Black Basta Ransomware Hit Over 500 Organizations: The US government warns of Black Basta ransomware attacks targeting critical infrastructure organizations.
By Ionut Arghire – SecurityWeek
The Black Basta ransomware group has hit more than 500 organizations globally, including critical infrastructure entities in North America, Europe, and Australia, the US government warns. First identified in April 2022, Black Basta has been operating under the ransomware-as-a-service (RaaS) business model, where affiliates conduct cyberattacks, deploy malware against victim organizations, and collect a percentage of the ransom payment. In a November 2023 report, blockchain analytics firm Elliptic estimated that Black Basta affiliates had received over $100 million in ransom payments from at least 90 victim organizations. According to a new alert from CISA, the FBI, the Department of Health and Human Services (HHS), and the Multi-State Information Sharing and Analysis Center (MS-ISAC), Black Basta affiliates have conducted attacks against 12 out of 16 critical infrastructure sectors, including healthcare organizations.

Investigative Cybersecurity Reporting

How Did Authorities Identify the Alleged Lockbit Boss?
By Brian Krebs – Krebs on Security
Last week, the United States joined the U.K. and Australia in sanctioning and charging a Russian man named Dmitry Yuryevich Khoroshev as the leader of the infamous LockBit ransomware group. LockBit’s leader “LockBitSupp” claims the feds named the wrong guy, saying the charges don’t explain how they connected him to Khoroshev. This post examines the activities of Khoroshev’s many alter egos on the cybercrime forums, and tracks the career of a gifted malware author who has written and sold malicious code for the past 14 years.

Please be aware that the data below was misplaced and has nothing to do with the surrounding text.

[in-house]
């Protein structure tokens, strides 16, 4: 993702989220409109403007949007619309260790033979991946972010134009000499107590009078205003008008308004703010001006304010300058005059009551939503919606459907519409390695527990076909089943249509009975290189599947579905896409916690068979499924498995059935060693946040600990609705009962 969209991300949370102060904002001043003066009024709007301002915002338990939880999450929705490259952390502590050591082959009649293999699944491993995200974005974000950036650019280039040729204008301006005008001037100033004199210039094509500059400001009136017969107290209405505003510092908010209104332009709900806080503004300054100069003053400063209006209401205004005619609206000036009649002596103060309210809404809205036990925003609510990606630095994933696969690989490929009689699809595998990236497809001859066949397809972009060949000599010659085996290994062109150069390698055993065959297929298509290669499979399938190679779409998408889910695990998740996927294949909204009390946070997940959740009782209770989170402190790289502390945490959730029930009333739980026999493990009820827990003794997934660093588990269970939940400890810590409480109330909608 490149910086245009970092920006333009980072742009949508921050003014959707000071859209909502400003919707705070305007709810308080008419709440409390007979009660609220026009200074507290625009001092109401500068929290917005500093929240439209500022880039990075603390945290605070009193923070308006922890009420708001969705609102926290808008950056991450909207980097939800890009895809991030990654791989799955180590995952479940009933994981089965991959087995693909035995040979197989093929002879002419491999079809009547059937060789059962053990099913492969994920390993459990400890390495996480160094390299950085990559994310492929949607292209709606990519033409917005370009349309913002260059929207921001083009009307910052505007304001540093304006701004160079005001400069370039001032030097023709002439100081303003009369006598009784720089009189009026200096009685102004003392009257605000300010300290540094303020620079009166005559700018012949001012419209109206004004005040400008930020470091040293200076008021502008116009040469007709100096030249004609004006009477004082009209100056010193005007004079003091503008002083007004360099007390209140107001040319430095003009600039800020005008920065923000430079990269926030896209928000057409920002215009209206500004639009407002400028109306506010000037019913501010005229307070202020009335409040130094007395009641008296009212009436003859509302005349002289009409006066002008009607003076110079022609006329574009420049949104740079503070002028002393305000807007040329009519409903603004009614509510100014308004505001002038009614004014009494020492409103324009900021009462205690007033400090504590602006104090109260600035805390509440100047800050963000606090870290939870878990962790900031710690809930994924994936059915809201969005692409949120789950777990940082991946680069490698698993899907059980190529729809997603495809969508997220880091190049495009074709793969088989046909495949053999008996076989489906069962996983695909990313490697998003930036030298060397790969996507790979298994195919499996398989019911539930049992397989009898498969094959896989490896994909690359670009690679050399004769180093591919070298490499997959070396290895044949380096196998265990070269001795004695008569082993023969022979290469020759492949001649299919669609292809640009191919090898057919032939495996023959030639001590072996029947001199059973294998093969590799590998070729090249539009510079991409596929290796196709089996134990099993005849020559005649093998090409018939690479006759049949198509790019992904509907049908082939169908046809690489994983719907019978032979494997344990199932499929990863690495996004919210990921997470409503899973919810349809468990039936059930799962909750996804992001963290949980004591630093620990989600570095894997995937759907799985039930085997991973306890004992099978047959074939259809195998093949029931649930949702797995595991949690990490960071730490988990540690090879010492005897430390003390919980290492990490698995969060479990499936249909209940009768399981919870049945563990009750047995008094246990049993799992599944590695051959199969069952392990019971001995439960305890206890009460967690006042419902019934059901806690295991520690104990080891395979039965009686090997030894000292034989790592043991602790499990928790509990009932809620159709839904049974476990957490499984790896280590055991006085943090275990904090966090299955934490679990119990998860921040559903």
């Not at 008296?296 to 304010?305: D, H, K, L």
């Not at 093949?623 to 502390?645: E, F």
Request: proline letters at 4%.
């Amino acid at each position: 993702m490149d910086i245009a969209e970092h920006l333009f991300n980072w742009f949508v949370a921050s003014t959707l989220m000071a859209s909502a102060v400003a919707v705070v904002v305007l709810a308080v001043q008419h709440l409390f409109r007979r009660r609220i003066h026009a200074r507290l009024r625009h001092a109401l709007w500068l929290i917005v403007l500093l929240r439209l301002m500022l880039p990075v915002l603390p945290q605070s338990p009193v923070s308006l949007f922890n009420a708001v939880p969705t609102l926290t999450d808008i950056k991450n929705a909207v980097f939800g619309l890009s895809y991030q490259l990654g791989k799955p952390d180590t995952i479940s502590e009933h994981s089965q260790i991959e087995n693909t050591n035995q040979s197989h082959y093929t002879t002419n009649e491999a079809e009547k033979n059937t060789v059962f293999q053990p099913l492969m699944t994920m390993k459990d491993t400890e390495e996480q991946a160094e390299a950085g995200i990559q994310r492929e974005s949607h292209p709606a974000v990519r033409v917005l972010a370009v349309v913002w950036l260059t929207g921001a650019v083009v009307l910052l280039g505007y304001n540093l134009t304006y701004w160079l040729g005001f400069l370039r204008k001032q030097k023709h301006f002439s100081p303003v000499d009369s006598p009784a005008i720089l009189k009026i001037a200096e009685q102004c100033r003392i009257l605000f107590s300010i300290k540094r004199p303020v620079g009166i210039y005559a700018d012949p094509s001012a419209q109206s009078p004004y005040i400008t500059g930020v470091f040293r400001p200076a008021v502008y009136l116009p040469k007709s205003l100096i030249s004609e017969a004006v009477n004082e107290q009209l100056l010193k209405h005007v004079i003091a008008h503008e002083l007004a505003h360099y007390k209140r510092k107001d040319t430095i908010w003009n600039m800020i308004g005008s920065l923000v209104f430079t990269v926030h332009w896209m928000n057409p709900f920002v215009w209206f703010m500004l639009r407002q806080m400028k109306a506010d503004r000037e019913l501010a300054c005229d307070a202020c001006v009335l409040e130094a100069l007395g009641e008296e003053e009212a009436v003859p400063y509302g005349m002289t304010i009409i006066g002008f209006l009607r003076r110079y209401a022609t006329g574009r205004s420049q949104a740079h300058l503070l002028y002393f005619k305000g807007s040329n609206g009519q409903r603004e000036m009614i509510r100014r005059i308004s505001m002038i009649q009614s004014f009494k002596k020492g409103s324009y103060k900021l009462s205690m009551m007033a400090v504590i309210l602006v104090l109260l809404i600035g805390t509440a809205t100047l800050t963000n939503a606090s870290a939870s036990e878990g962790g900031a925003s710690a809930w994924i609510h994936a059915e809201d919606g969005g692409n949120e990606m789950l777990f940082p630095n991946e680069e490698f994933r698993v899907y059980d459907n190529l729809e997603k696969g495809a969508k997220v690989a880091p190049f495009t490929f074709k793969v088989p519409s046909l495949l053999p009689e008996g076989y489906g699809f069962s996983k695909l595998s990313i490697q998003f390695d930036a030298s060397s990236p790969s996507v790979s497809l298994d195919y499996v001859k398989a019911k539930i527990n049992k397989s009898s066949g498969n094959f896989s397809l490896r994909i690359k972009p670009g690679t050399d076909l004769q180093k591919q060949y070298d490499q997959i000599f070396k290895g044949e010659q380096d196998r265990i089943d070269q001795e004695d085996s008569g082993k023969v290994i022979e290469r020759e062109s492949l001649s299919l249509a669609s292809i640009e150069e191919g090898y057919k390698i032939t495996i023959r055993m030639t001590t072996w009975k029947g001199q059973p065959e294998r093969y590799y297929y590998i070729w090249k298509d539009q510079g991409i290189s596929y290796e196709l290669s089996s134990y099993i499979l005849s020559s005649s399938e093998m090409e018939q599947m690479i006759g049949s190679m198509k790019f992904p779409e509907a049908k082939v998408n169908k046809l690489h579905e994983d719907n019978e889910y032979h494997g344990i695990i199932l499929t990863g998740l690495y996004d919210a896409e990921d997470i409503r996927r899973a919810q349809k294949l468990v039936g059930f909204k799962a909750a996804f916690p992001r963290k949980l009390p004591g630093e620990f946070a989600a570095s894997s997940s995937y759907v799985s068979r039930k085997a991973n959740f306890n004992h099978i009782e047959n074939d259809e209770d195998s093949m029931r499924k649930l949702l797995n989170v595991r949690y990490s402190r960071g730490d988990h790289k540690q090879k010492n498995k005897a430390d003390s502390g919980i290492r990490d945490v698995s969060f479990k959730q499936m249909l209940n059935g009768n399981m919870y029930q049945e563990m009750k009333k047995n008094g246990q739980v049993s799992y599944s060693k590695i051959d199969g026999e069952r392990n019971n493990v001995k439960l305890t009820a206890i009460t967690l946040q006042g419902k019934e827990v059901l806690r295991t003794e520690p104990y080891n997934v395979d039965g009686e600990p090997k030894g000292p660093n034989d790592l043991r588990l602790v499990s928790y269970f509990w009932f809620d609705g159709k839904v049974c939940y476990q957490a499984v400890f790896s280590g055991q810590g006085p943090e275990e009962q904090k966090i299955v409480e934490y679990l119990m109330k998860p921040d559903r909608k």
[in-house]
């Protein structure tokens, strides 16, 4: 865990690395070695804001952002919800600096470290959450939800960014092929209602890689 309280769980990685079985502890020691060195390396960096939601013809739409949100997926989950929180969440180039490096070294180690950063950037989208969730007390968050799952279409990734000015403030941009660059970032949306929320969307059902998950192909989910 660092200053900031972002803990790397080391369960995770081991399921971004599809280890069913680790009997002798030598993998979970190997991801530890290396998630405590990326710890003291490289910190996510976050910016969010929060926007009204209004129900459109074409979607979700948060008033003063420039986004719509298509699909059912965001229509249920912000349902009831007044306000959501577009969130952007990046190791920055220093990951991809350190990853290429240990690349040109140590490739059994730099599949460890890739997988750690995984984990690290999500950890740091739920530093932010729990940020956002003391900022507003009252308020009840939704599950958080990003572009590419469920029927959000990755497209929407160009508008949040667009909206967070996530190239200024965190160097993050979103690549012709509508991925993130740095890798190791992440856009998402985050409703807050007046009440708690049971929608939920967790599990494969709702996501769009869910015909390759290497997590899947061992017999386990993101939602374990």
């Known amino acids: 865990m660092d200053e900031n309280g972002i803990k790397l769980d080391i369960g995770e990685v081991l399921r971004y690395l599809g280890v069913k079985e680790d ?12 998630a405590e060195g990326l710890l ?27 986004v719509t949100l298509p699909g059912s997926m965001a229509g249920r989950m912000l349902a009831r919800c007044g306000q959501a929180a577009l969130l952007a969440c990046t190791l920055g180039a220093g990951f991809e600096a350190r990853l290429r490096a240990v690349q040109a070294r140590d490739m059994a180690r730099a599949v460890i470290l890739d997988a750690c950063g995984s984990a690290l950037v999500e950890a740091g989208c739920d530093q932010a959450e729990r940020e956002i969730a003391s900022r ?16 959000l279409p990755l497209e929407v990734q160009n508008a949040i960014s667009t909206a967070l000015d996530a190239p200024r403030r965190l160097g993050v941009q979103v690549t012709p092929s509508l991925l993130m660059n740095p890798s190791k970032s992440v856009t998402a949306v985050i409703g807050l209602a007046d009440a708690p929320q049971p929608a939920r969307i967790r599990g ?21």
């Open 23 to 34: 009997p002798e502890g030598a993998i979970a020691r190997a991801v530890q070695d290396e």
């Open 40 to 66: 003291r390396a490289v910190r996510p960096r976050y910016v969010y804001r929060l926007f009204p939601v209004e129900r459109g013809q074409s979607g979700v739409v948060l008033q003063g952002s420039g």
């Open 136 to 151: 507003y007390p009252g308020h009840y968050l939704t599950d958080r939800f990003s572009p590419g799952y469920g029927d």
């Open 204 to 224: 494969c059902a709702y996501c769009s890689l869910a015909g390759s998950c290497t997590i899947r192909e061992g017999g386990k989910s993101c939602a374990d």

Cybersecurity Podcasts

Dark Reading ‘Drops’ Its First Podcast
By Kelly Jackson Higgins – DarkReading
Dark Reading has launched its first-ever podcast: Dark Reading Confidential, a new monthly podcast hosted by Dark Reading senior editor Becky Bracken, and featuring Jim Donahue, managing editor of commentary and copy desk, and Kelly Jackson Higgins. Episode 1, “The CISO and the SEC,” features Reddit CISO Fredrick “Flee” Lee, a member of the Dark Reading CISO Advisory Board; Reddit chief counsel Ben Lee; and Beth Burgin Waller, a cybersecurity attorney. The episode dives into the uncertainty CISOs face with the new SEC breach disclosure rules, and guests explain what it means for the role of the CISO and share their expertise and advice to CISOs in this new regulatory realm. Listen to Dark Reading Confidential here on Dark Reading or on major platforms: Apple PodcastsSpotifyAmazon Music and Audible, Pocket Casts, and Deezer.